The collection of the telephone records was authorized by the Foreign Intelligence Surveillance Court under Section 215 of the Patriot Act, which allows the collection of business records without subpoenas. In early June, Snowden revealed that the Foreign Surveillance Intelligence Court had secretly ordered a Verizon subsidiary to provide the NSA, daily, the metadata for all of its cellphone accounts. It was the first confirmation that the NSA was collecting records on millions of U.S. cellphones.
A second program was authorized under a separate law, Section 702 of the Foreign Intelligence Surveillance Act. Under that program, the NSA collects data on Internet traffic that moves through nine Internet companies, including Facebook and Yahoo. The NSA has said that only data about accounts outside the United States is collected.
The distinction between the two programs has become an important part of the NSA debate as more and more lawmakers have proposed legislation to change the agency’s practices in collecting domestic phone metadata.
“Do we need to collect all of the phone records of all of the people living in America for five years so that if we’re going to target one particular person we’re ready to jump on it?” Sen. Dick Durbin, D-Ill., said on NBC’s “Meet the Press.”
Last week, Durbin inserted a provision into a defense-spending bill that would require the NSA to detail how many Americans had been affected by the collection of phone records, how much it cost the NSA to collect and store those records, and to list any specific plots that had been thwarted by those records. The Appropriations Committee approved the provision, and the Senate will consider the legislation when it reconvenes in September.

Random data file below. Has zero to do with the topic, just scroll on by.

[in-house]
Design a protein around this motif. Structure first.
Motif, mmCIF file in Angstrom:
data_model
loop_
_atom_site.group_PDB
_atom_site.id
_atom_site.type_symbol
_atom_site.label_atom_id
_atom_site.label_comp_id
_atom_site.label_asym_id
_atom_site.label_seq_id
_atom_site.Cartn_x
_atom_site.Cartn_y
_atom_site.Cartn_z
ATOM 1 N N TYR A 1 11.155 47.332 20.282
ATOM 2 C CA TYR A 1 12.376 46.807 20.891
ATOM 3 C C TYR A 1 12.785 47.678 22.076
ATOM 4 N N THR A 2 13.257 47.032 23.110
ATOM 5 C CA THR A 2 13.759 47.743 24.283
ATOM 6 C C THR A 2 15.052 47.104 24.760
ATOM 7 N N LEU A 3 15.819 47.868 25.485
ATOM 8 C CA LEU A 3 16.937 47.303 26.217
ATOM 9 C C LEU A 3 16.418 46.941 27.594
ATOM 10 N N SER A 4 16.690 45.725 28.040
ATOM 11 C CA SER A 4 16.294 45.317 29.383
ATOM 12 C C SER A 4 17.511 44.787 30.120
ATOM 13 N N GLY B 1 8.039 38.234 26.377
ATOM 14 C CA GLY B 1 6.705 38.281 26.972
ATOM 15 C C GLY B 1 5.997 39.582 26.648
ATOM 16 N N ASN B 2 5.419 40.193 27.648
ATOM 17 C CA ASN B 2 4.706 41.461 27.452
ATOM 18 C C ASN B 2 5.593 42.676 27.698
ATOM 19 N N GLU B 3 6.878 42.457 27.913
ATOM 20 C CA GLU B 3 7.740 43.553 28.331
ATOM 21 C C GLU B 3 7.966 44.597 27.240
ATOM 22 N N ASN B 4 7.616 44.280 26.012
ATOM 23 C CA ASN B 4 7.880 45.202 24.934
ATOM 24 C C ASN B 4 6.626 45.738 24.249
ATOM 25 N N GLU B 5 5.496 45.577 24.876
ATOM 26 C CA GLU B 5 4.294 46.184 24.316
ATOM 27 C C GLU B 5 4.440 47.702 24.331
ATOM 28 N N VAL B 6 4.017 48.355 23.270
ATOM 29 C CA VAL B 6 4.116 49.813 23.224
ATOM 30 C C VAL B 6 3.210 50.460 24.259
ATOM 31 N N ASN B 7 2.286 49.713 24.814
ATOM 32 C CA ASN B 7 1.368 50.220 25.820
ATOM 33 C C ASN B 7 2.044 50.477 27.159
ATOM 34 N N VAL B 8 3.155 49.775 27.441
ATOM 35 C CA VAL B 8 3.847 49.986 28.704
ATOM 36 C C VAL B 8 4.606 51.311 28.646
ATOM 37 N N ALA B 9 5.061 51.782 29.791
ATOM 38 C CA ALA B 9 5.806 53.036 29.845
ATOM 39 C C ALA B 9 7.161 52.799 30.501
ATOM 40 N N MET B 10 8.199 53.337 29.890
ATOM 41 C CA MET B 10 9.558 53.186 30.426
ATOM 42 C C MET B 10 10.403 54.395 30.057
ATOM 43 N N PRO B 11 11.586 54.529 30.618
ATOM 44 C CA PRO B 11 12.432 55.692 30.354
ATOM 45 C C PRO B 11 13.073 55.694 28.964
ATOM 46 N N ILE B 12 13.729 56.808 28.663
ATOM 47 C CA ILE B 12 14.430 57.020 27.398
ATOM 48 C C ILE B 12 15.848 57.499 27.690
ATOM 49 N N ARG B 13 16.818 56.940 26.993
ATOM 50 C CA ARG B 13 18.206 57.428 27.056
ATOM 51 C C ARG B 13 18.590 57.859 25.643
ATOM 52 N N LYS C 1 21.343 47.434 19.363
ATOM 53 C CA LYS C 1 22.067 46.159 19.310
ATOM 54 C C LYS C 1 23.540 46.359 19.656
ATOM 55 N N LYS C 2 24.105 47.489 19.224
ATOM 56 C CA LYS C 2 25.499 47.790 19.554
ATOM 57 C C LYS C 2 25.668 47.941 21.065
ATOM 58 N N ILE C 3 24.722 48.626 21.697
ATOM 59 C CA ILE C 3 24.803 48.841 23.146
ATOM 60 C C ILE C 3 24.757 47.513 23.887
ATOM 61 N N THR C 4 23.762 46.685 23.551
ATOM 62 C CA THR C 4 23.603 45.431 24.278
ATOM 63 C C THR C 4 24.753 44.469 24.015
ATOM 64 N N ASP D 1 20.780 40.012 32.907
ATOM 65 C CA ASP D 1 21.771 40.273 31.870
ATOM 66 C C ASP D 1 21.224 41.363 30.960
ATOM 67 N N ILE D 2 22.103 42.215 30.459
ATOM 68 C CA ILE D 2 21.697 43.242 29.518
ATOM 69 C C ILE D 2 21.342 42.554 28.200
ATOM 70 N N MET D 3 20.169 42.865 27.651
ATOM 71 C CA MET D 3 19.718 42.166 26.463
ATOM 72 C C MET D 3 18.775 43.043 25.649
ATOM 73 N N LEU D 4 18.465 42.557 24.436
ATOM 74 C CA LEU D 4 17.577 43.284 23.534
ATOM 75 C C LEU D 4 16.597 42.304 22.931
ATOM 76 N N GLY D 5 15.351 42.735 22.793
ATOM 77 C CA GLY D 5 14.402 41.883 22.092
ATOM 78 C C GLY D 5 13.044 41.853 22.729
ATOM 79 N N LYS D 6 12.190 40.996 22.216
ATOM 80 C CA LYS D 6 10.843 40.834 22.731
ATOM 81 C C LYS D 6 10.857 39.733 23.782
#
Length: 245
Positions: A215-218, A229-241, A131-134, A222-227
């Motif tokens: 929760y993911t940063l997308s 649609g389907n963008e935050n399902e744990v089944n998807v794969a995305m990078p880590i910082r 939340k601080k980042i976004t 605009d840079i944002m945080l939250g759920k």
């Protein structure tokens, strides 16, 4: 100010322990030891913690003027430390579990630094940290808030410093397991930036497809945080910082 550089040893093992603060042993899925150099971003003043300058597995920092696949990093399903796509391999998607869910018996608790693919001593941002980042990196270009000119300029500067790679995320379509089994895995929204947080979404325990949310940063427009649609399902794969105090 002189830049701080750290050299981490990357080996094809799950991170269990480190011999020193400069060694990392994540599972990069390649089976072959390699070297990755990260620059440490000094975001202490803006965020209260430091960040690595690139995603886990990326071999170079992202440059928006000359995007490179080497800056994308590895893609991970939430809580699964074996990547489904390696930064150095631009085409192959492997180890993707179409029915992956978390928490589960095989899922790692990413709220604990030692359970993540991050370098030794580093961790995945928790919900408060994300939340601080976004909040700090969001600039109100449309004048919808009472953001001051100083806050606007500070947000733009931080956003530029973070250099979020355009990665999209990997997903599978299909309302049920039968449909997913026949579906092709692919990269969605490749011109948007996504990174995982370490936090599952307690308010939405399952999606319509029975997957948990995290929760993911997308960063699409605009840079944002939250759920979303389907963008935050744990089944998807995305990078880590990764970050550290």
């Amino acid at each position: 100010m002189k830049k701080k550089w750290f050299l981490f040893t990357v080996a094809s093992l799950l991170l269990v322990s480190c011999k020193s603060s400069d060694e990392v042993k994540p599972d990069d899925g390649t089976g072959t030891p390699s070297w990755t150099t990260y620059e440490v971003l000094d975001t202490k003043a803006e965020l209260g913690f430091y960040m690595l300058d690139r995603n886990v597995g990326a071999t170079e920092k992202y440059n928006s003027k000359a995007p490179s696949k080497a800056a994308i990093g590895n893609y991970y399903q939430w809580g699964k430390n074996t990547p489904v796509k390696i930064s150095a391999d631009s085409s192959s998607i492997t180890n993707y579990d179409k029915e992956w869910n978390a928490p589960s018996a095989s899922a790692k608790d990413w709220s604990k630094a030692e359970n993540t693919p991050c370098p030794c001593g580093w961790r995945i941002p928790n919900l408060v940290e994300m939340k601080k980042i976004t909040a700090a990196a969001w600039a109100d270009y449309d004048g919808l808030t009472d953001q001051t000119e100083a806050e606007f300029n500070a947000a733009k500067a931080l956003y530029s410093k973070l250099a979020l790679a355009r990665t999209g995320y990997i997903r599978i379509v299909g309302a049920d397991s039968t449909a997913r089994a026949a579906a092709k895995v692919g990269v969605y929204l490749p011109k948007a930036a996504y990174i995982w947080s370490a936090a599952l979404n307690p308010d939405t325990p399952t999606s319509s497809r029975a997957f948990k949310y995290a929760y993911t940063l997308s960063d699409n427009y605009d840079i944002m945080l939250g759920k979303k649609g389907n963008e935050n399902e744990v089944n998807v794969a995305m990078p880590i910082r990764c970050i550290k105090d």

The Sunday embassy closings became part of that argument, despite questions about what role either program might have played or how real the threat was.
“The good news is that we picked up intelligence. That’s what the NSA does,” said Rep. C. A. “Dutch” Ruppersberger, D-Md., the top Democrat on the House Intelligence Committee.
Speaking on ABC’s “This Week,” he said: “NSA’s sole purpose is to get information intelligence to protect Americans from attack.”
Chambliss had a similar view. “These programs are controversial, we understand that. They’re very sensitive. They’re what allow us to have the ability to gather this chatter we refer to,” he said.
“If we did not have these programs we wouldn’t be able to listen in on the bad guys. And I will say it’s the 702 program that’s allowed us to pick up on this chatter.”
Just what role the programs had in intercepting the communication is unknown.
The State Department list of extended closings included embassies and consulates in Jordan, Egypt, Saudi Arabia, Qatar, United Arab Emirates, Kuwait, Bahrain, Oman, Yemen, Libya, Djibouti, Sudan, Madagascar, Burundi, Rwanda and Mauritius. The last four were not on the list announced Friday. Embassies and consulates in Afghanistan, Algeria, Bangladesh, Iraq, and Mauritania were to reopen Monday.
In Sanaa, Yemeni officials said they were on high alert, but there was little evidence that anything was amiss. Traffic clogged major arteries as residents prepared for the end of the fasting month of Ramadan and the upcoming Eid al-Fitr holiday.
Al-Qaida in the Arabian Peninsula, which is based in Yemen, has been the most active al-Qaida affiliate in recent years in attempting attacks on U.S. targets. In 2008, it launched an assault on the U.S. Embassy in Sanaa and was responsible for the failed 2010 Christmas plot to detonate a bomb hidden in a passenger’s underwear aboard a plane landing in Detroit.
But the organization is under increasing pressure. It recently acknowledged the death in a January drone strike of its deputy leader, Said al-Shihri, and many in Yemen expect the group to try to avenge his death.
A U.S.-backed Yemeni government offensive against Ansar al-Shariah, an affiliated militant group, has moved Al-Qaida in the Arabian Peninsula from its strongholds in Abyan and Shabwa provinces, though it retains its base in Abyan’s mountainous district of al Mahfad.